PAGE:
Daniel Kelley v. J. Buscher, et al


UNPUBLISHED OPINION FILED. [16-60694 Affirmed ] Judge: WED , Judge: EBC , Judge: GJC Mandate issue date is 12/11/2017 [16-60694]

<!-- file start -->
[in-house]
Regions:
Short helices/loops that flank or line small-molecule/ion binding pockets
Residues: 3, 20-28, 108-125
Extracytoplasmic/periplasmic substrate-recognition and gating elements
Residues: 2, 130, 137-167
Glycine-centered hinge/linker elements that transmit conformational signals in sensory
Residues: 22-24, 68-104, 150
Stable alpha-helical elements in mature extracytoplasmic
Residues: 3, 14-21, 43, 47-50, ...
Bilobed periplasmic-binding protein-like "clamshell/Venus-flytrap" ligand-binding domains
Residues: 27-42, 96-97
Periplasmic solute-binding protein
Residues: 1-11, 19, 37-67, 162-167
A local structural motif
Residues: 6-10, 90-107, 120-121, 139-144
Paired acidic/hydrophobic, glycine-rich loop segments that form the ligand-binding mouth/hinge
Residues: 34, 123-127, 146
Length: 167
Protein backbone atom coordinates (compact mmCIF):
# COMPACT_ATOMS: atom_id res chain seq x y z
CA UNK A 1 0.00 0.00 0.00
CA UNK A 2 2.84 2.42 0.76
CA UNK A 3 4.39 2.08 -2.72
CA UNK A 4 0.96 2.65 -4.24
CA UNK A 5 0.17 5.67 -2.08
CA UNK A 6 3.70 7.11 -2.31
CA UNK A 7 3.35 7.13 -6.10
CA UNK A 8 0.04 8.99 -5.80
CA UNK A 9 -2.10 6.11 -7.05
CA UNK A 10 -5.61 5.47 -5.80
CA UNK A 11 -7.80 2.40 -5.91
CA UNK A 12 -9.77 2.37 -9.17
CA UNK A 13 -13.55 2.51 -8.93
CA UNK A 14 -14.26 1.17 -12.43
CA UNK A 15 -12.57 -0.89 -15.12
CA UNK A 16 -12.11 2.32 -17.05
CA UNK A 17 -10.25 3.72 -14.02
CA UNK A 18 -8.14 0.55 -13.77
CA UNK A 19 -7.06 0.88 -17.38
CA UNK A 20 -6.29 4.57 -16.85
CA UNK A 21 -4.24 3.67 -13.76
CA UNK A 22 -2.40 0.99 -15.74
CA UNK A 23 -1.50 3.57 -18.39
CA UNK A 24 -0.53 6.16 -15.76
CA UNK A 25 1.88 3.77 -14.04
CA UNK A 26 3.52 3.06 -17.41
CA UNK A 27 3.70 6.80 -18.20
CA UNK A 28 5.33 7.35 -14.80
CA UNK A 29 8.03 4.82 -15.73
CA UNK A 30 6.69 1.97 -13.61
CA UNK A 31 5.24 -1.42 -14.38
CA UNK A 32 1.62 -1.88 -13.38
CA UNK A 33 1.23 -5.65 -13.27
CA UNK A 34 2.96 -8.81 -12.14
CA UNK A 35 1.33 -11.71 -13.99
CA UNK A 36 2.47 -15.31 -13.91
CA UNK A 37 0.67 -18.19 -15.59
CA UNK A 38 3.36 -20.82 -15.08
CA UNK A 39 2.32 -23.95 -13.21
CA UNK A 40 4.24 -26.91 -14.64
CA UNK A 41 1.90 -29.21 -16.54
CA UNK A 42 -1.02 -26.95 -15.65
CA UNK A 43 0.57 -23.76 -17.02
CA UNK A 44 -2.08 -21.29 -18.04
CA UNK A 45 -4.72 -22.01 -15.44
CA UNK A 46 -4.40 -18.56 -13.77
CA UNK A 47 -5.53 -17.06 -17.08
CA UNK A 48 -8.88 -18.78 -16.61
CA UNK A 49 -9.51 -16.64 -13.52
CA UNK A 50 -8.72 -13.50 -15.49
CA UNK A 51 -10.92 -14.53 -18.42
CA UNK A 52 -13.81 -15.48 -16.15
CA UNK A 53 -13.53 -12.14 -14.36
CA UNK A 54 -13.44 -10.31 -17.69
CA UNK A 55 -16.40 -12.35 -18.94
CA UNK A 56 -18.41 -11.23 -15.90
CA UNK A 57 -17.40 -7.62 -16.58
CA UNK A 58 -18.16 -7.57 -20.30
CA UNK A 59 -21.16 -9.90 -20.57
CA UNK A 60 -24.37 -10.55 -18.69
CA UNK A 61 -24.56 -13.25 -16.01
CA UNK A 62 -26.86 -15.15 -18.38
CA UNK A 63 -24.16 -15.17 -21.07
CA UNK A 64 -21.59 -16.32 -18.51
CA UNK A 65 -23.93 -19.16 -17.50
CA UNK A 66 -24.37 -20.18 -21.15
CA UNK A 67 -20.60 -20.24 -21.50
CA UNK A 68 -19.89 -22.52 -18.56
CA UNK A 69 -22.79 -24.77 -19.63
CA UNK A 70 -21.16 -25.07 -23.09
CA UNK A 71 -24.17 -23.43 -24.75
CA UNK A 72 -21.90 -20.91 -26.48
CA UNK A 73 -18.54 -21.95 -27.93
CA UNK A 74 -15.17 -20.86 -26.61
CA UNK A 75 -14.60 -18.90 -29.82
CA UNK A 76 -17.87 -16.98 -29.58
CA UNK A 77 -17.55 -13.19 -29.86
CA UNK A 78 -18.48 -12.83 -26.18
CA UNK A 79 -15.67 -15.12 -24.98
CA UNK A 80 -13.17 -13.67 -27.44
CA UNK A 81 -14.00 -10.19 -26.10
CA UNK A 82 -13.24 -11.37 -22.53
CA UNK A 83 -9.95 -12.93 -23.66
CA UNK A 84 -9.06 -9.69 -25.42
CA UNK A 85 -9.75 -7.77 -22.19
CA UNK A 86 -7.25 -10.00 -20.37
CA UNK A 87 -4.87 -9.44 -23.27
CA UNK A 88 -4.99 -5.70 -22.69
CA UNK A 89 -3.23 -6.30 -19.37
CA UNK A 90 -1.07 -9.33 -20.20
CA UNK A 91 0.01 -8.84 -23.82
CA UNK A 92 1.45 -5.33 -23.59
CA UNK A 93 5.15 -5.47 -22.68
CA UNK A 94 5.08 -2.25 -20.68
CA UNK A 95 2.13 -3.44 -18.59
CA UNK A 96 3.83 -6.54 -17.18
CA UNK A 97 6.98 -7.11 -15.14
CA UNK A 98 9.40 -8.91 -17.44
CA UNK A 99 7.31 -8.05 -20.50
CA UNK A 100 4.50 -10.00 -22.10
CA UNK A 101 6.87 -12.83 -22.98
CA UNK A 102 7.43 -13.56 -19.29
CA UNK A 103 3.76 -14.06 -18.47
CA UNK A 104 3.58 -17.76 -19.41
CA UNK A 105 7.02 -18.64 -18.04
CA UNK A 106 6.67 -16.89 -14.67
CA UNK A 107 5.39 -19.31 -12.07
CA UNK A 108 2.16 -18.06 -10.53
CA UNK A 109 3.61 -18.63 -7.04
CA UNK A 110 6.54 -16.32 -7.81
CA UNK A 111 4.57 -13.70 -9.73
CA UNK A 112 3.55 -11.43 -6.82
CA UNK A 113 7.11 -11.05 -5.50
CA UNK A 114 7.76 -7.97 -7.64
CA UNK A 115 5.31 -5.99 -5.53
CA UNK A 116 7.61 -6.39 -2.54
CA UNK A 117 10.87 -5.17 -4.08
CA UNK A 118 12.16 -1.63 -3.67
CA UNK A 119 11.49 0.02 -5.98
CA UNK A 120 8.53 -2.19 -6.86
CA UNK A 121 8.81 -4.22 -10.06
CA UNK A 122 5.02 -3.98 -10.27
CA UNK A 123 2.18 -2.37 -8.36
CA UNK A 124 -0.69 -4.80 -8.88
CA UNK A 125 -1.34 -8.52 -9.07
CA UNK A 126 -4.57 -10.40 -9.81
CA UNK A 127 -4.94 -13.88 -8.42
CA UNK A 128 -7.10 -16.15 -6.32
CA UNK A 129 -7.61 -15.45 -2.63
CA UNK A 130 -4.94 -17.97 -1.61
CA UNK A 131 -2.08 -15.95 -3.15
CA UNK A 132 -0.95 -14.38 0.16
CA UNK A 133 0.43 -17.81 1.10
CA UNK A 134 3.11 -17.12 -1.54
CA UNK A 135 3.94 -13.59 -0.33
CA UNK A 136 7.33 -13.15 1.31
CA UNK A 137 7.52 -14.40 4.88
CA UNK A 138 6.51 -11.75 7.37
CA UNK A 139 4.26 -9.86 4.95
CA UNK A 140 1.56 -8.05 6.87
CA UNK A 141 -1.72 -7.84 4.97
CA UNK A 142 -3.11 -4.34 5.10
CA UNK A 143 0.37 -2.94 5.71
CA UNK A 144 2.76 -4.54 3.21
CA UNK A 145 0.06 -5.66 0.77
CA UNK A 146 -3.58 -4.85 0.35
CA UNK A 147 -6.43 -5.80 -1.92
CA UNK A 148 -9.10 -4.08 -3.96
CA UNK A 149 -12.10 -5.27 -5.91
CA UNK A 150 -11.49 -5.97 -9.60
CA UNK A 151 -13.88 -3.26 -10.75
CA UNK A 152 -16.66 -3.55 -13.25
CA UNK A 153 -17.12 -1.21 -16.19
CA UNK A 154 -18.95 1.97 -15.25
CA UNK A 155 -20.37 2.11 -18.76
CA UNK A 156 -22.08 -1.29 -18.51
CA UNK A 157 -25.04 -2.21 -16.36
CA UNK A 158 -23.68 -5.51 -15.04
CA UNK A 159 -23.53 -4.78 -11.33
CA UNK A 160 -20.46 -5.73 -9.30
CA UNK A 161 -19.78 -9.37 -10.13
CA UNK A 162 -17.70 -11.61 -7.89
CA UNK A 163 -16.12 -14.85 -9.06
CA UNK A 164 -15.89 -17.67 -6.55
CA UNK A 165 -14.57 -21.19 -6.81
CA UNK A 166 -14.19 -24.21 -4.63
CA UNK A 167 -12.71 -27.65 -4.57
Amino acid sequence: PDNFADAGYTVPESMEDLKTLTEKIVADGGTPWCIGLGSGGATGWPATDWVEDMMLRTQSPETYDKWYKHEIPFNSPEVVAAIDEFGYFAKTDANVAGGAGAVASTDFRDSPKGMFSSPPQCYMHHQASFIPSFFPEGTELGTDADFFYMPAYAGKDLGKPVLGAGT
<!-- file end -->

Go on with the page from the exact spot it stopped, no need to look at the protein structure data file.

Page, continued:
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Case: 16-60694 Document: 00514241420 Page: 1 Date Filed: 11/17/2017 IN THE UNITED STATES COURT OF APPEALS FOR THE FIFTH CIRCUIT No. 16-60694 Summary Calendar United States Court of Appeals Fifth Circuit FILED November 17, 2017 Lyle W. Cayce Clerk DANIEL KELLEY, Plaintiff-Appellant v. J. BUSCHER, sued in his Individual and Official capacities; INVESTIGATOR ALEXANDER; LIEUTENANT JONES, Disciplinary Hearing Officer (D.H.O.); CORRECTIONS OFFICER WOODALL; JOHN DOE, Unit Administrator, Defendants-Appellees Appeal from the United States District Court for the Southern District of Mississippi USDC No. 3:14-CV-82 Before DAVIS, CLEMENT, and COSTA, Circuit Judges. PER CURIAM: * Daniel Kelley initiated a 42 U.S.C. § 1983 action challenging his prison disciplinary proceedings and conviction for escape. He further challenged certain conditions occurring during his confinement in administrative segregation following the disciplinary conviction. The parties consented to Pursuant to 5TH CIR. R. 47.5, the court has determined that this opinion should not be published and is not precedent except under the limited circumstances set forth in 5TH CIR. R. 47.5.4. * Case: 16-60694 Document: 00514241420 Page: 2 Date Filed: 11/17/2017 No. 16-60694 proceed before a magistrate judge, who granted summary judgment dismissal of Kelley’s action. Kelley contends that the magistrate judge erred in failing to rule on his various letters and discovery motions, compare certain defense exhibits, pay attention to the facts and legal theories in his filings, address numerous claims, scrutinize the record, and take notice of genuine disputes of material facts. He identifies only two issues with specificity, namely two discovery requests, which the magistrate judge did, in fact, address. Accordingly, his claims concerning these two requests are misplaced. As to the remaining claims, Kelley’s conclusory assertions constitute inadequate briefing; therefore, the claims are abandoned. See Mapes v. Bishop, 541 F.3d 582, 584 (5th Cir. 2008); Audler v. CBC Innovis Inc., 519 F.3d 239, 255 (5th Cir. 2008). Next, regarding his disciplinary proceedings and conviction, Kelley argues that his due process rights were violated. His brief challenges the adequacy of the process he received during his disciplinary proceeding but fails to identify any error in the magistrate judge’s finding that he had no protected liberty interest at stake. This constitutes a failure to brief; therefore, the claim is effectively abandoned. See Brinkman v. Dallas Cty. Deputy Sheriff Abner, 813 F.2d 744, 748 (5th Cir. 1987); Wilkerson v. Goodwin, 774 F.3d 845, 851-52, 859 (5th Cir. 2014). Finally, Kelley challenges the magistrate judge’s dismissal of his conditions-of-confinement claims. He argues that his constitutional rights were violated where, for 126 days, he was denied out-of-cell recreation; other inmates flooded his cell nearly every day with human waste and raw sewerage; and he was denied sanitizer and cleaning supplies. Additionally, Kelley argues that the defendants violated his constitutional rights where, for over 90 days, 2 Case: 16-60694 Document: 00514241420 Page: 3 Date Filed: 11/17/2017 No. 16-60694 he was denied light in his cell. For these claims, Kelley sought declaratory relief and both compensatory and punitive damages. Kelley discusses no direct involvement of James Alexander and Simone Jones in his conditions-of-confinement claims. Regarding Warden Jerry Buscher, he observed during an Omnibus Hearing that Buscher’s role in addressing grievance appeals gave him the authority to investigate and fix problems and that Buscher came to his unit to investigate issues related to the flooding claim. Furthermore, during the hearing, Kelley conceded that he was no longer housed on the units where the challenged conditions took place, he did not assert a significant possibility of future harm, and he conceded that he suffered no injuries related to his claims concerning out-of-cell recreation, flooding, and lack of cleaning supplies. Regarding his claim concerning the light in his cell, Kelley asserted that he sustained eye problems and must now wear glasses. In light of the foregoing, we discern no genuine dispute of material fact prohibiting summary judgment as a matter of law in favor of Jones and Alexander. See Coleman v. Sweetin, 745 F.3d 756, 764 (5th Cir. 2014); Haverda v. Hays Cty., 723 F.3d 586, 591 (5th Cir. 2013). Likewise, we discern no genuine dispute of material fact prohibiting summary judgment as a matter of law in favor of Buscher. See Heaney v. Roberts, 846 F.3d 795, 803 (5th Cir. 2017); Hutchins v. McDaniels, 512 F.3d 193, 196-98 (5th Cir. 2007); Bauer v. Texas, 341 F.3d 352, 357-58 (5th Cir. 2003). To the extent that Kelley raised other conditions-of-confinement claims in the district court, he has abandoned them by failing to discuss them in his appellate brief. See Mapes, 541 F.3d at 584. AFFIRMED. 3

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